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Main Topic: Department Stores in Taiwan

Hosts: James Stanworth , Stephen Huang , Clyde Warden

Sogo Dpt. Store
Sogo Dpt. Store
Great show this time, with on location video, lots of photos, and six great ConsumerCam videos! This time around, Clyde, Stephen, and James take a look at department stores in GreaterChina. In Taiwan, these mostly take the Japanese-style, with big nameJapanese department stores, like Mitsukoshi (the oldest Japanesedepartment store). Our CCC team visits Taichung, where three of thesebig department stores are in close vicinity to each other. The firstfloor is stuffed with the familiar global cosmetic brands and thesecond floor contains big airy stores with expensive global brands weall know. The store space tends to be open, full of air, over staffed,and not very busy. If you did not move up more floors, you might cometo a shallow conclusion, like "the world is flat," or some othernonsense. Take the escalators up though, and you find quite a differentretailing space. Space gets more crowded, prices go down, and renaoretailing starts to creep in. Some differences are the unique Japanese aspects, such as built in supermarkets.

Mitsukoshi hovers over Taichung
Visitors to Greater China often drop in to department stores and observe brands from around the globe and file the observation away as a supporting fact for the popular idea of the "world is flat." In reality, the market share, and more importantly, the mind share, of these brands is quite small and are representative more of a small group of elite consumers who are global consumers, rather than representing any kind of local preferences.

Being a Japanese retailer, there is a strong skew in SKUs toward Japanese brands and a weak representation of American brands, except in the sports shoes, but a bit more of the European brands. A strong emphasis on sabisu (service) and tidy uniforms is present, but independent hawkers with head-mounted microphones blasting out a demo of the latest and greatest at a special sale price show we are still in a Chinese cultural setting. The giveaway is the sales floor. We take ConsumerCam into the cavernous sales temple inside the Sogo Department Store where inside-out retailing layout is the rule, loud music is playing, and where shoppers spend most of their time.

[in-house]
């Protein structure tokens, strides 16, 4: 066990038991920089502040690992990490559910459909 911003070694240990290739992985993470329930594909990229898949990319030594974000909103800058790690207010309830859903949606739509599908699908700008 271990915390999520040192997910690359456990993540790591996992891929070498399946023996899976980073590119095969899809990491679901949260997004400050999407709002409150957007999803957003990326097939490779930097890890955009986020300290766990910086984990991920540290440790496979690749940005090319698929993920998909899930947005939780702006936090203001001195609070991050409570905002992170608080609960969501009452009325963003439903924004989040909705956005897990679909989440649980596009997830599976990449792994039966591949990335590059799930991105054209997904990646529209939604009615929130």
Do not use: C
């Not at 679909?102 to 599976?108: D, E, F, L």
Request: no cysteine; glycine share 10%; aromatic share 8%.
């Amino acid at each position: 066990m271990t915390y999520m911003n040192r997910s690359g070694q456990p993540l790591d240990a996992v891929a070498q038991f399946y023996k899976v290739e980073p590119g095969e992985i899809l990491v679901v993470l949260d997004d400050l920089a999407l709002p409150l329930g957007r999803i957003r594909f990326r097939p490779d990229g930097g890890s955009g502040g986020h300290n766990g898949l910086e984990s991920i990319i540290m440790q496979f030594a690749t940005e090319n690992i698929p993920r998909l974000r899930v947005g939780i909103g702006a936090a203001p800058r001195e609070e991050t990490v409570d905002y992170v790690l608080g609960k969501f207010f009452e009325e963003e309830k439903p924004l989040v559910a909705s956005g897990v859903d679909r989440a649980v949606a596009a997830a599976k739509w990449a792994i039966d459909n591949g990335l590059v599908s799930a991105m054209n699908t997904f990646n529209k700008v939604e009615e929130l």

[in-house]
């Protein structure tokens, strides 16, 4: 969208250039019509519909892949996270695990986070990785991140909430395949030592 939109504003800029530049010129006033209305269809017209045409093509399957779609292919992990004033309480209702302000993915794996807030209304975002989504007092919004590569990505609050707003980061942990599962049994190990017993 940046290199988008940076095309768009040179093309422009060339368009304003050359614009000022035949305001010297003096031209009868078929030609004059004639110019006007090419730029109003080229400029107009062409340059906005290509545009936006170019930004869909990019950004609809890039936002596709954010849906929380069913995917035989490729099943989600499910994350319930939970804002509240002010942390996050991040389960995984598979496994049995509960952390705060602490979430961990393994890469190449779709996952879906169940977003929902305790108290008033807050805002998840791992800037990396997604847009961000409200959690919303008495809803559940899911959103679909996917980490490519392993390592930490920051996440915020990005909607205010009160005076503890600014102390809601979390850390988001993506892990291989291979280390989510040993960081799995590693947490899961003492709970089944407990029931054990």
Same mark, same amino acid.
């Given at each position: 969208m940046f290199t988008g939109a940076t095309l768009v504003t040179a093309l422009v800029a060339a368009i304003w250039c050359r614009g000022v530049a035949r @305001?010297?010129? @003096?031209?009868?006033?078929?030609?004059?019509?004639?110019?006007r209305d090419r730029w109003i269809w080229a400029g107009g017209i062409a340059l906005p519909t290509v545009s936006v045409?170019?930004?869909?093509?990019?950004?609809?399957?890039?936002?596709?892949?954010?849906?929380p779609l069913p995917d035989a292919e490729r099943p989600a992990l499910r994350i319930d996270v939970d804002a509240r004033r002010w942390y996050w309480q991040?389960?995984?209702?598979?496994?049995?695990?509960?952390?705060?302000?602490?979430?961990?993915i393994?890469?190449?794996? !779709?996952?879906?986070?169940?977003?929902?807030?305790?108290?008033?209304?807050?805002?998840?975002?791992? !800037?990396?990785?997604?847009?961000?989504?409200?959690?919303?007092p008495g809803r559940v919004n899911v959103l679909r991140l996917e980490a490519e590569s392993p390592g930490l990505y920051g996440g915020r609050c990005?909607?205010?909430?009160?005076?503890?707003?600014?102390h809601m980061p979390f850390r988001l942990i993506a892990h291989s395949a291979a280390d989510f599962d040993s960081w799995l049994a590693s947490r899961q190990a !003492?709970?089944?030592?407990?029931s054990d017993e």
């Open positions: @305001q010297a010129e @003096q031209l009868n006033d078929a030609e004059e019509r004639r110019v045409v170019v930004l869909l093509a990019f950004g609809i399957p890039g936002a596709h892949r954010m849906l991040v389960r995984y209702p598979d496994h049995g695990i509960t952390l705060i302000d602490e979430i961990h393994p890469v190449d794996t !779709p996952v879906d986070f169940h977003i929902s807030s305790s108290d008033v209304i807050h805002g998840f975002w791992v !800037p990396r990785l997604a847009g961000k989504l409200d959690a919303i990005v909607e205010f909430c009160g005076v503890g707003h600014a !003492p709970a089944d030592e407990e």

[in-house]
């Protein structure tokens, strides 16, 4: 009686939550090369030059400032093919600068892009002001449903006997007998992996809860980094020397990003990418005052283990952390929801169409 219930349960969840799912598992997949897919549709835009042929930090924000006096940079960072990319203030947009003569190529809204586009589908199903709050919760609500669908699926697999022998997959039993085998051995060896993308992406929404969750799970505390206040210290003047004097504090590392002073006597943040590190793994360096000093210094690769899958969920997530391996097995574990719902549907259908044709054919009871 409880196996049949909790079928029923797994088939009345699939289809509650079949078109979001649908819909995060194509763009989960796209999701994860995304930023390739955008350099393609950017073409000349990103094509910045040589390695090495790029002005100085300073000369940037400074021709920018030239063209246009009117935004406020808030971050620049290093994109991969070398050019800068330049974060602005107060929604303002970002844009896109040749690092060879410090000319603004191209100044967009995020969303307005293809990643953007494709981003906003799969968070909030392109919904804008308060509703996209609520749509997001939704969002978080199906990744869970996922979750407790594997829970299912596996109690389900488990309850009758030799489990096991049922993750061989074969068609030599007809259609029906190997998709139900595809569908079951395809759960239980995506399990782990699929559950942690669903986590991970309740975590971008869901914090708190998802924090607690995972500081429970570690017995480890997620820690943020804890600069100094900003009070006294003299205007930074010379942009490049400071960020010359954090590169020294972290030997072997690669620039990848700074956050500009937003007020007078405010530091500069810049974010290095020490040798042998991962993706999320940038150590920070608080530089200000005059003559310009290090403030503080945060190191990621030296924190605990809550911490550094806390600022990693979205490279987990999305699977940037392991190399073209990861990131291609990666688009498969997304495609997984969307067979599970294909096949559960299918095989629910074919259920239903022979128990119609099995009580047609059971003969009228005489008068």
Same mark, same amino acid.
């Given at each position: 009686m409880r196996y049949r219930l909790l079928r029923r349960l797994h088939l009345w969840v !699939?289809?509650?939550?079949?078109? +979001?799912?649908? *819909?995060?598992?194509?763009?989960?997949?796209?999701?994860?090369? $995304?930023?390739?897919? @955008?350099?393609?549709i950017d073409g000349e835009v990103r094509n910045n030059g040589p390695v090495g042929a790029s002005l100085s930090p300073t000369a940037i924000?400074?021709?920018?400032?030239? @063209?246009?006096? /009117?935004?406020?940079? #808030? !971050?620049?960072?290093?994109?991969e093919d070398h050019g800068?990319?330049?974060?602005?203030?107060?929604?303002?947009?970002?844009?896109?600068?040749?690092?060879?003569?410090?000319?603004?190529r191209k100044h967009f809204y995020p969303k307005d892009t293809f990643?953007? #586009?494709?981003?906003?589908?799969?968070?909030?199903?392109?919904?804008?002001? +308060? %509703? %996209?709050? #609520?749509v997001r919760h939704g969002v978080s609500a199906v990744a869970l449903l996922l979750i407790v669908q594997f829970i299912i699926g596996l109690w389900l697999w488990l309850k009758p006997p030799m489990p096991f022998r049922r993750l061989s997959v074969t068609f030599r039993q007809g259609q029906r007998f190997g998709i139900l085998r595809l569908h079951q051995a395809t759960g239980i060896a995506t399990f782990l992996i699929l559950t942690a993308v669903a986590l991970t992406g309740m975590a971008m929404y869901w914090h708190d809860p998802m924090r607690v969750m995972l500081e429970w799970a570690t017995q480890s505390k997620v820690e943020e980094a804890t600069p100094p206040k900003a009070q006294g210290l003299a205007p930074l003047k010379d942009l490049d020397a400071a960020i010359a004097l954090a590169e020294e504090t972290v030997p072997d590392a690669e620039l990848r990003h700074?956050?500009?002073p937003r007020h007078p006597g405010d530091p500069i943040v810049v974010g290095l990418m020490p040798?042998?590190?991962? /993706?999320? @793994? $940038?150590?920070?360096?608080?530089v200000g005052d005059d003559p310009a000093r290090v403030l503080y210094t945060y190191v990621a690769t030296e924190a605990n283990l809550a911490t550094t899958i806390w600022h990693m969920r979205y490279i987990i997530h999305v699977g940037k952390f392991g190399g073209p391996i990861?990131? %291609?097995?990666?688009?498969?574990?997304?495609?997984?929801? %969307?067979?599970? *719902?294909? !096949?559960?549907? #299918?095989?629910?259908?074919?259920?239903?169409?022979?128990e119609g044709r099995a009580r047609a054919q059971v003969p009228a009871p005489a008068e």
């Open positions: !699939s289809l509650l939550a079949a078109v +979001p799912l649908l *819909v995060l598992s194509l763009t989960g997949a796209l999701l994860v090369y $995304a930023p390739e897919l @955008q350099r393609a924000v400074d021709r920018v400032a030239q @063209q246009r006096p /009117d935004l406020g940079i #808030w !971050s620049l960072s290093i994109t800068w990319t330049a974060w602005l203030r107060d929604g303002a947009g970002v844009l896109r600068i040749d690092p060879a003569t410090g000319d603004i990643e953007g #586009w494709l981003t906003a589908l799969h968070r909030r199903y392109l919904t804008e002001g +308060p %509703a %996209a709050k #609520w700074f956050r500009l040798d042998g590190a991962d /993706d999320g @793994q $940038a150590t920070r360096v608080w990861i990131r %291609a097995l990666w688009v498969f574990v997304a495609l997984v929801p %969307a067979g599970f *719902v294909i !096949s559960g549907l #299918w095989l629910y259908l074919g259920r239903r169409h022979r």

Chung Yo Clock
Clock puts on a show every hour
Supermarkets and big food courts, stuffed with plasticized food samples, round out the department stores. The supermarket is normally small scale and upscale. These satisfy the one stop shopper who lives a lifestyle defined by the big brands--stopping in to get some personalized service, and picking up groceries on the way. The food court satisfies a quite different market segment. Found here are tweens and teens out for fun with their friends during the week. On a weekend though, the food court satisfies the family groups who have targeted the department store as a family outing.

Brand management is so hard if you are running a high-end and a low-end together; it really becomes questionable in the mind of the consumers. This is what the Japanese managers are so good at in these stores.

Listen To The Show (Audio Only):

Our video camera experienced some difficulties (we sent it for repairs after this shoot), so you may experience some glitches.

Length: 11 minutes. Download MP3 4.92MB (Right click->Save As).

On Location

Watch The Show (Video & Audio):

From Taichung, Stephen, James, and Clyde .
Length: 11 minutes.

iPod Download MP4 48.98MB (Right click->Save As).
QuickTime Download MOV 37.65MB (Right click->Save As).
Windows Media Download WMV 38.04MB (Right click->Save As).
High Quality mp4 H.264(640x480) Download high quality mp4 79.74MB (Right click->Save As).


Consumer Cam ConsumerCam:

Vid. 1) Department store entrance with a promotion trying to get consumers involved.
Vid. 2) A typical second floor with global brands using inside-in retailing full of empty space.
Vid. 3) Toys floor with lots of activity for children that give parents a break and make the visit more than just shopping.
Vid. 4) Art and cultural exhibits attempt to take the focus away from consumption and move it to education.
Vid. 5) Sales floor, where most visitors seem to spend most of their time. Lots of inside-out retailing looking like a night market layout.
Vid. 6) Food courts have a big Japanese influence.

Show Links:

Bottom Line:

  • The high-end brands have their loyal local followers.
  • Like the department stores of old, the first and second floors are designed to impress visitors with their huge open designs.
  • Commonly, whole families visit for a day out trip, walking about, looking, but not buying until they get up to the higher (cheaper) floors.
  • Localized retail designs are present, with inside out and renao retailing aspects as you move up to higher floors.
  • The most popular part of the department store is the discount floor, which echos like a night market motif.
Category: Videocasts

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